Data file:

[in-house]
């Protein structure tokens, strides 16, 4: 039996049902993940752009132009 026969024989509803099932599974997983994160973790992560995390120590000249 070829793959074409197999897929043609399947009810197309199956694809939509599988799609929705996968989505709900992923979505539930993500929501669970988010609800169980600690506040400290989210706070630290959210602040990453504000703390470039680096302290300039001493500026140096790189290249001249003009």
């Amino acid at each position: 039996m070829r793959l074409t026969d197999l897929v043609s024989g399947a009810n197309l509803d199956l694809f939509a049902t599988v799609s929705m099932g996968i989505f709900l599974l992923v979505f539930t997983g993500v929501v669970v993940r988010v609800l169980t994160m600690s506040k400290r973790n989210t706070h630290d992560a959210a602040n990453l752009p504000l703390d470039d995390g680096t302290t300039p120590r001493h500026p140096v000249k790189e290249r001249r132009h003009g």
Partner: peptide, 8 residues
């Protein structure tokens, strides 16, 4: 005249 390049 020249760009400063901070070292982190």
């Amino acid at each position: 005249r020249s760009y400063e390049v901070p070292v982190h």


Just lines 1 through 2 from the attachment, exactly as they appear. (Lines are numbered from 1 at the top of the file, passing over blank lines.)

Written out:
[in-house]
């Protein structure tokens, strides 16, 4: 039996049902993940752009132009 026969024989509803099932599974997983994160973790992560995390120590000249 070829793959074409197999897929043609399947009810197309199956694809939509599988799609929705996968989505709900992923979505539930993500929501669970988010609800169980600690506040400290989210706070630290959210602040990453504000703390470039680096302290300039001493500026140096790189290249001249003009």